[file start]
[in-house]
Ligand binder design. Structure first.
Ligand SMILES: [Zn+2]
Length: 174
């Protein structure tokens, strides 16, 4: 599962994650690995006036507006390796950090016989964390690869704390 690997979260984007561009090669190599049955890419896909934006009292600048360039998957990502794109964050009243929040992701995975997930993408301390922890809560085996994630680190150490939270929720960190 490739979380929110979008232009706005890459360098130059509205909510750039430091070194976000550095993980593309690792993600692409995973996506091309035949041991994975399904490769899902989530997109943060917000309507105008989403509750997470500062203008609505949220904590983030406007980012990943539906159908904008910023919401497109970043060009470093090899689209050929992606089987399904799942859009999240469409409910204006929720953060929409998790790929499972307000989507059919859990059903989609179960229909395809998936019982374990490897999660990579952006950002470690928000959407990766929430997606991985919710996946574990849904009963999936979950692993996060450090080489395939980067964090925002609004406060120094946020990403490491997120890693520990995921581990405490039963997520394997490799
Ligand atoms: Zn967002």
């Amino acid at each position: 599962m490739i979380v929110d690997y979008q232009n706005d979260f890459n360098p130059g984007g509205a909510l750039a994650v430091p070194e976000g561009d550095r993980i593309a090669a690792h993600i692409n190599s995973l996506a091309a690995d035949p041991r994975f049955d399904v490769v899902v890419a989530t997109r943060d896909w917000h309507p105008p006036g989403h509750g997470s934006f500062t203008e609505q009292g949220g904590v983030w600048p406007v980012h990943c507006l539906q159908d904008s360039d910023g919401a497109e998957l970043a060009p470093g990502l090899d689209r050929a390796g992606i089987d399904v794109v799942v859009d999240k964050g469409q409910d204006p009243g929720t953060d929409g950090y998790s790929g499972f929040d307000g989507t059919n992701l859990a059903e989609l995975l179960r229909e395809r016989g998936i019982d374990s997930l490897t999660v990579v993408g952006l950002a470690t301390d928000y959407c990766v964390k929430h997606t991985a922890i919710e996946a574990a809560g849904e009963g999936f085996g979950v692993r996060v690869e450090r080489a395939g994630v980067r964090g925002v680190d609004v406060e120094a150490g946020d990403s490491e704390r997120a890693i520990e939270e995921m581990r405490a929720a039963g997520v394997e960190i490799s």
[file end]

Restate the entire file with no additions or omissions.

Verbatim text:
[in-house]
Ligand binder design. Structure first.
Ligand SMILES: [Zn+2]
Length: 174
């Protein structure tokens, strides 16, 4: 599962994650690995006036507006390796950090016989964390690869704390 690997979260984007561009090669190599049955890419896909934006009292600048360039998957990502794109964050009243929040992701995975997930993408301390922890809560085996994630680190150490939270929720960190 490739979380929110979008232009706005890459360098130059509205909510750039430091070194976000550095993980593309690792993600692409995973996506091309035949041991994975399904490769899902989530997109943060917000309507105008989403509750997470500062203008609505949220904590983030406007980012990943539906159908904008910023919401497109970043060009470093090899689209050929992606089987399904799942859009999240469409409910204006929720953060929409998790790929499972307000989507059919859990059903989609179960229909395809998936019982374990490897999660990579952006950002470690928000959407990766929430997606991985919710996946574990849904009963999936979950692993996060450090080489395939980067964090925002609004406060120094946020990403490491997120890693520990995921581990405490039963997520394997490799
Ligand atoms: Zn967002």
């Amino acid at each position: 599962m490739i979380v929110d690997y979008q232009n706005d979260f890459n360098p130059g984007g509205a909510l750039a994650v430091p070194e976000g561009d550095r993980i593309a090669a690792h993600i692409n190599s995973l996506a091309a690995d035949p041991r994975f049955d399904v490769v899902v890419a989530t997109r943060d896909w917000h309507p105008p006036g989403h509750g997470s934006f500062t203008e609505q009292g949220g904590v983030w600048p406007v980012h990943c507006l539906q159908d904008s360039d910023g919401a497109e998957l970043a060009p470093g990502l090899d689209r050929a390796g992606i089987d399904v794109v799942v859009d999240k964050g469409q409910d204006p009243g929720t953060d929409g950090y998790s790929g499972f929040d307000g989507t059919n992701l859990a059903e989609l995975l179960r229909e395809r016989g998936i019982d374990s997930l490897t999660v990579v993408g952006l950002a470690t301390d928000y959407c990766v964390k929430h997606t991985a922890i919710e996946a574990a809560g849904e009963g999936f085996g979950v692993r996060v690869e450090r080489a395939g994630v980067r964090g925002v680190d609004v406060e120094a150490g946020d990403s490491e704390r997120a890693i520990e939270e995921m581990r405490a929720a039963g997520v394997e960190i490799s």